The second step of the procedure is to add strong ammonia (NH3) solution. The silver ions form a complex ion with the ammonia molecules with the formula Ag(NH3)2+ (Equation 3).
Equation 3 Ag2O(s) + 4NH3(aq) + H2O(l) → 2Ag(NH3)2+(aq) + 2OH–(aq)Complex ions are combinations of metal ions with negative ions or neutral molecules which may be more soluble in water than the metal ion alone. By forming bonds with the ammonia molecules the silver ions redissolve and the gray silver oxide precipitate redissolves. The resulting complex ion has the formula 2Ag(NH3)2+ and is called diamminesilver(I). Besides redissolving the silver ions, the formation of the complex ion has another benefit. The silver ions alone reduce too easily, forming a metallic precipitate. The complex ion, on the other hand, is harder to reduce(3) and so it requires contact with the test tube walls for the reaction to take place (Equations 4a and 4b). The numbers come from the study of electrochemistry and thermodynamics and they indicate that the reduction of plain silver ions is more spontaneous than the reduction of the silver-ammine complex. If this means nothing to you, you can safely ignore it.
Equation 4a Ag+ + 1e– → Ag E° = +0.799 V Equation 4b Ag(NH3)2+ + 1e– → Ag + 2NH3 E° = +0.373 V (3)
Once the solution is strongly basic and the silver ions are returned to their dissolved state by forming a complex-ion, the sugar will be added. The sugar used is glucose (also called dextrose), which is an aldose sugar. Aldehyde groups in organic molecules are good at providing electrons to reduce ions or other molecules. When they do so, the aldehyde group is transformed into an organic acid group. Sucrose, or table sugar, is a ketose and so would have no effect. The overall reaction is given here as Equation 5.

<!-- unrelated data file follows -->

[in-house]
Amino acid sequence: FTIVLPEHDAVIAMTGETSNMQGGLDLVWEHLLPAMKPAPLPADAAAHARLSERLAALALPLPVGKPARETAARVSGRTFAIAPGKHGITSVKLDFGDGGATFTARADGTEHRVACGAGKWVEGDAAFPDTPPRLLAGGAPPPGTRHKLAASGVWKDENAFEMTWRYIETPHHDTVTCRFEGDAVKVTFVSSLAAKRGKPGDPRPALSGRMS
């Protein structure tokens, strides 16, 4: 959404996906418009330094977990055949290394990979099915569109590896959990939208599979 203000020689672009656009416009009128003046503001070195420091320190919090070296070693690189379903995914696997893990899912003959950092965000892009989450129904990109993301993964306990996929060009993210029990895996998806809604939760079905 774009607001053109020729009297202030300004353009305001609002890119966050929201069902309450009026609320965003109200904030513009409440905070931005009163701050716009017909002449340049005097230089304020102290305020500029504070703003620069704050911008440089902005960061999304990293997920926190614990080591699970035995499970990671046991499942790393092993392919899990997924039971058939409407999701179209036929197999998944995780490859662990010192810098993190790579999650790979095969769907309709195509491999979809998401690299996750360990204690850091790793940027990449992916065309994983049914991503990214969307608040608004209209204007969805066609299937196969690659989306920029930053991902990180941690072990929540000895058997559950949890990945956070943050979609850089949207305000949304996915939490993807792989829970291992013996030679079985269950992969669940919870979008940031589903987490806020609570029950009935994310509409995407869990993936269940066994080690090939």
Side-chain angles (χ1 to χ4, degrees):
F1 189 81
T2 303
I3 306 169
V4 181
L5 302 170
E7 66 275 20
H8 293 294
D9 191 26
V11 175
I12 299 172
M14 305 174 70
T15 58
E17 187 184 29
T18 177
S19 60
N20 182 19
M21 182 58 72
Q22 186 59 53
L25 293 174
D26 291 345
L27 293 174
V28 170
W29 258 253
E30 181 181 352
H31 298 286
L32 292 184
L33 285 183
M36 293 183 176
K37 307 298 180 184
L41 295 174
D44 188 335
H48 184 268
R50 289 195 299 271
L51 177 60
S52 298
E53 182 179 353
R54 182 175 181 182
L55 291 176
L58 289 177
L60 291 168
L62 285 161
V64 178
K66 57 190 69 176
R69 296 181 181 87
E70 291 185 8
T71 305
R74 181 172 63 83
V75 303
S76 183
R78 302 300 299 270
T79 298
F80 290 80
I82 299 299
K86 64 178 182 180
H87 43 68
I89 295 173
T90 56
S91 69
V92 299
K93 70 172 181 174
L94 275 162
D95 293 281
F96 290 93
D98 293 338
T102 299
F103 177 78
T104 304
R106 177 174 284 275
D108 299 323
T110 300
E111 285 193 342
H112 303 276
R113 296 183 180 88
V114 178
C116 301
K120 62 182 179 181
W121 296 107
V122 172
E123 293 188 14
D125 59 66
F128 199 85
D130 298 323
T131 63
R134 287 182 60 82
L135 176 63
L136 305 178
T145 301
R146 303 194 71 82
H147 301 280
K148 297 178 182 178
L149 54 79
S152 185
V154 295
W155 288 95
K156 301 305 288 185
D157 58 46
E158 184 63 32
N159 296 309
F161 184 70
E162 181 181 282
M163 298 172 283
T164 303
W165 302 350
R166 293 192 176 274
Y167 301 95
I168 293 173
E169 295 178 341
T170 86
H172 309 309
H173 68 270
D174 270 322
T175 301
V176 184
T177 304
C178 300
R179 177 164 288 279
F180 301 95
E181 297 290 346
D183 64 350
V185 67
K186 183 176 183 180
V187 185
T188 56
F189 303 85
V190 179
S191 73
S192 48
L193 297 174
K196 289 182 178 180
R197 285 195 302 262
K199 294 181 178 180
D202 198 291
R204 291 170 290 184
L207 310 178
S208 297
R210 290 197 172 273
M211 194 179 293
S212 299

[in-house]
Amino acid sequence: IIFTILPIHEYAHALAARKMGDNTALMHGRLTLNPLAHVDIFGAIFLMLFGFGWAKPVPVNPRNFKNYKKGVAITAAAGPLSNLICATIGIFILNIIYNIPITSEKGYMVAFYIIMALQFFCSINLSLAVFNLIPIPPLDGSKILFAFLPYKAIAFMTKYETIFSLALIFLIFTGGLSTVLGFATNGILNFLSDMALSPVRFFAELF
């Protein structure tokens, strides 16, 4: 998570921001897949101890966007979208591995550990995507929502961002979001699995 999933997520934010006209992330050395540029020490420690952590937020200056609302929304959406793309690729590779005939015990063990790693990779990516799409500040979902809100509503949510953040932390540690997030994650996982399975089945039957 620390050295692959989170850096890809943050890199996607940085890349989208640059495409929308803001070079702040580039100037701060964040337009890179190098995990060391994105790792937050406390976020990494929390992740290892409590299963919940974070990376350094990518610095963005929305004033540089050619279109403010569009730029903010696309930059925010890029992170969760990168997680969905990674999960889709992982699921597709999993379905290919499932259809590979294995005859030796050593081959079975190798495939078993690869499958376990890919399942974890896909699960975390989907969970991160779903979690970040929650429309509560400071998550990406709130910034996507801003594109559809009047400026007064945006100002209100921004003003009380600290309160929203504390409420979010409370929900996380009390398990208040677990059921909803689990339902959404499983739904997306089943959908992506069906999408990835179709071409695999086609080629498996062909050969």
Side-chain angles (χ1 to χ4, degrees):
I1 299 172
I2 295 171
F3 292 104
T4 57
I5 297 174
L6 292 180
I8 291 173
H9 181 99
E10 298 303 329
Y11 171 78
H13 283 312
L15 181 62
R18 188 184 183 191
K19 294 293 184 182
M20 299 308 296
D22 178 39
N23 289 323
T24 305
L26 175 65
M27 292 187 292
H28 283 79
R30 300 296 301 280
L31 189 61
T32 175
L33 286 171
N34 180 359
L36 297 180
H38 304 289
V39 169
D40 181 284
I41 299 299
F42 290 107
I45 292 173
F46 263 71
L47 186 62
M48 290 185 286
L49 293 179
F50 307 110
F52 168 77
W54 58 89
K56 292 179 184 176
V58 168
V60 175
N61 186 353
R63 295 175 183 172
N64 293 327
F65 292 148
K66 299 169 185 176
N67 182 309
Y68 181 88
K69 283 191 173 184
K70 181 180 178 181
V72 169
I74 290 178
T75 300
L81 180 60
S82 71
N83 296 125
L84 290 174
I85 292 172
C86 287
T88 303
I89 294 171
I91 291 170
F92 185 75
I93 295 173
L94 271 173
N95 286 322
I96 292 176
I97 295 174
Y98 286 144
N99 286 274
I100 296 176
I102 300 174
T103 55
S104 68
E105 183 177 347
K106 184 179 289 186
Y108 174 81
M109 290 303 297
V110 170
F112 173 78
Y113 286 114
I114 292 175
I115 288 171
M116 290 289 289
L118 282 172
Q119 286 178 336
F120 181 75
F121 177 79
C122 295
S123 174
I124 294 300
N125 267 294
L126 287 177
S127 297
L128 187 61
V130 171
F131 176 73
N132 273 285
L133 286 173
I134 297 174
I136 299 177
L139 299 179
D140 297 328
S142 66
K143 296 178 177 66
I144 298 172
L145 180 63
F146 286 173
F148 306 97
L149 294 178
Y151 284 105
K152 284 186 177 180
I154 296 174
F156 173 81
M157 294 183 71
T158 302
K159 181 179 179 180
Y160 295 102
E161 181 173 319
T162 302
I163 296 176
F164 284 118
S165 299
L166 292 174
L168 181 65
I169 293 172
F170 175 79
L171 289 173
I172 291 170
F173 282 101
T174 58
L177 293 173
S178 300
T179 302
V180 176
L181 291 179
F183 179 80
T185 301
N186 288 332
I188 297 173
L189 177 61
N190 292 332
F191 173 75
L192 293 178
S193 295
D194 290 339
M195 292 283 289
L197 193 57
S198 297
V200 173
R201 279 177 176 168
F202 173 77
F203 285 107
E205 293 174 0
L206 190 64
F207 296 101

Equation 5 C6H12O6 + 2Ag(NH3)+ + 3OH– → C6H11O7– + 2Ag + 4NH3 + 2H2O
Answer these questions before coming in to the lab. If you do not know how to make the drawing or answer the question then that is a hint that you should go find out. Study the figures in the text for help and inspiration. Most of what you need to know to answer these questions can be found in the introductory text in this lab handout. If you do outside research, cite your sources, make sure they are legitimate, and do not copy and paste. Read and understand and write in your own words, always.
Be aware of the chemical hazards as you follow this procedure. If done carefully there is little chance of harm.
If desired the test tube can be used as a small vase for dried or fake flowers but be aware that this may scratch the mirror’s surface. Do not add water to the test tube or this may ruin the silver, too. If you wish to use it for live flowers with water or if you want to protect the surface you will have to find a waterproof finish for the interior surface. Clear nail polish may work but the author has not tested this suggestion.
Another way to display the silvered test tube is to glue the stopper into the top and to add a hook to make it into an ornament.
For fun, answer the following calculation questions.